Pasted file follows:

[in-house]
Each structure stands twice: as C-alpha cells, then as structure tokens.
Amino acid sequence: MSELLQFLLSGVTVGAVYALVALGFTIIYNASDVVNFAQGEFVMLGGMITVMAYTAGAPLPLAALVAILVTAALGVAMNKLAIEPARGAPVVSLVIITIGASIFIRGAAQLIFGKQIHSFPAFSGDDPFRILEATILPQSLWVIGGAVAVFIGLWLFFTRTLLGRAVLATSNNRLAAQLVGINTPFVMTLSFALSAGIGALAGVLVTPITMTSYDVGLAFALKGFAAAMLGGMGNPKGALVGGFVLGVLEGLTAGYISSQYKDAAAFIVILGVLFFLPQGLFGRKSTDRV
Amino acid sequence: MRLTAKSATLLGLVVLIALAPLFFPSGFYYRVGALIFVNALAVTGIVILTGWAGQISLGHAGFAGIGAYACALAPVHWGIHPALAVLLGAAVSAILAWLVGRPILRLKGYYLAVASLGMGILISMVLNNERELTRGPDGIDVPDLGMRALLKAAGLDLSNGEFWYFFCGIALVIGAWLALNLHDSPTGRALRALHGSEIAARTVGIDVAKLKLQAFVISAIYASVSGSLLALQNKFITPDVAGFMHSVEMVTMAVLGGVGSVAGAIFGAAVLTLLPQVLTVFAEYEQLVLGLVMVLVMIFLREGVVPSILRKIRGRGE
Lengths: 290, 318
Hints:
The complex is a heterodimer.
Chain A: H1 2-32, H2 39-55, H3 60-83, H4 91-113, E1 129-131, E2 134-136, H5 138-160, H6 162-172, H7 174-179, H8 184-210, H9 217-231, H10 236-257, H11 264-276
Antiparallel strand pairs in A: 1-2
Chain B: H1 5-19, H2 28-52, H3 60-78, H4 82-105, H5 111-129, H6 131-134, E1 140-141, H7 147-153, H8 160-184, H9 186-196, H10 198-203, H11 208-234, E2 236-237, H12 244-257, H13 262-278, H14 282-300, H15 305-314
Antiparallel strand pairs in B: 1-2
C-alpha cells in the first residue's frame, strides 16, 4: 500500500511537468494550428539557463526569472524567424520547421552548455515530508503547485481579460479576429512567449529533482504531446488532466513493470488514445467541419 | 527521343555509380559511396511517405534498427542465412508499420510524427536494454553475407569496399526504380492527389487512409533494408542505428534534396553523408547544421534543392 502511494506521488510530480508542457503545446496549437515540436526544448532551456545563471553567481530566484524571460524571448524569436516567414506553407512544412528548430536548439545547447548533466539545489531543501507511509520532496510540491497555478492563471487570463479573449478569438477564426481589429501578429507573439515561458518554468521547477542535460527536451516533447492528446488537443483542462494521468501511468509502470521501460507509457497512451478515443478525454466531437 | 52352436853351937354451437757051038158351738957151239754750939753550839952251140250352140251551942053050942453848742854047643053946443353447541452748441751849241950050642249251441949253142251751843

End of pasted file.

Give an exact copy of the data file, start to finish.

[in-house]
Each structure stands twice: as C-alpha cells, then as structure tokens.
Amino acid sequence: MSELLQFLLSGVTVGAVYALVALGFTIIYNASDVVNFAQGEFVMLGGMITVMAYTAGAPLPLAALVAILVTAALGVAMNKLAIEPARGAPVVSLVIITIGASIFIRGAAQLIFGKQIHSFPAFSGDDPFRILEATILPQSLWVIGGAVAVFIGLWLFFTRTLLGRAVLATSNNRLAAQLVGINTPFVMTLSFALSAGIGALAGVLVTPITMTSYDVGLAFALKGFAAAMLGGMGNPKGALVGGFVLGVLEGLTAGYISSQYKDAAAFIVILGVLFFLPQGLFGRKSTDRV
Amino acid sequence: MRLTAKSATLLGLVVLIALAPLFFPSGFYYRVGALIFVNALAVTGIVILTGWAGQISLGHAGFAGIGAYACALAPVHWGIHPALAVLLGAAVSAILAWLVGRPILRLKGYYLAVASLGMGILISMVLNNERELTRGPDGIDVPDLGMRALLKAAGLDLSNGEFWYFFCGIALVIGAWLALNLHDSPTGRALRALHGSEIAARTVGIDVAKLKLQAFVISAIYASVSGSLLALQNKFITPDVAGFMHSVEMVTMAVLGGVGSVAGAIFGAAVLTLLPQVLTVFAEYEQLVLGLVMVLVMIFLREGVVPSILRKIRGRGE
Lengths: 290, 318
Hints:
The complex is a heterodimer.
Chain A: H1 2-32, H2 39-55, H3 60-83, H4 91-113, E1 129-131, E2 134-136, H5 138-160, H6 162-172, H7 174-179, H8 184-210, H9 217-231, H10 236-257, H11 264-276
Antiparallel strand pairs in A: 1-2
Chain B: H1 5-19, H2 28-52, H3 60-78, H4 82-105, H5 111-129, H6 131-134, E1 140-141, H7 147-153, H8 160-184, H9 186-196, H10 198-203, H11 208-234, E2 236-237, H12 244-257, H13 262-278, H14 282-300, H15 305-314
Antiparallel strand pairs in B: 1-2
C-alpha cells in the first residue's frame, strides 16, 4: 500500500511537468494550428539557463526569472524567424520547421552548455515530508503547485481579460479576429512567449529533482504531446488532466513493470488514445467541419 | 527521343555509380559511396511517405534498427542465412508499420510524427536494454553475407569496399526504380492527389487512409533494408542505428534534396553523408547544421534543392 502511494506521488510530480508542457503545446496549437515540436526544448532551456545563471553567481530566484524571460524571448524569436516567414506553407512544412528548430536548439545547447548533466539545489531543501507511509520532496510540491497555478492563471487570463479573449478569438477564426481589429501578429507573439515561458518554468521547477542535460527536451516533447492528446488537443483542462494521468501511468509502470521501460507509457497512451478515443478525454466531437 | 52352436853351937354451437757051038158351738957151239754750939753550839952251140250352140251551942053050942453848742854047643053946443353447541452748441751849241950050642249251441949253142251751843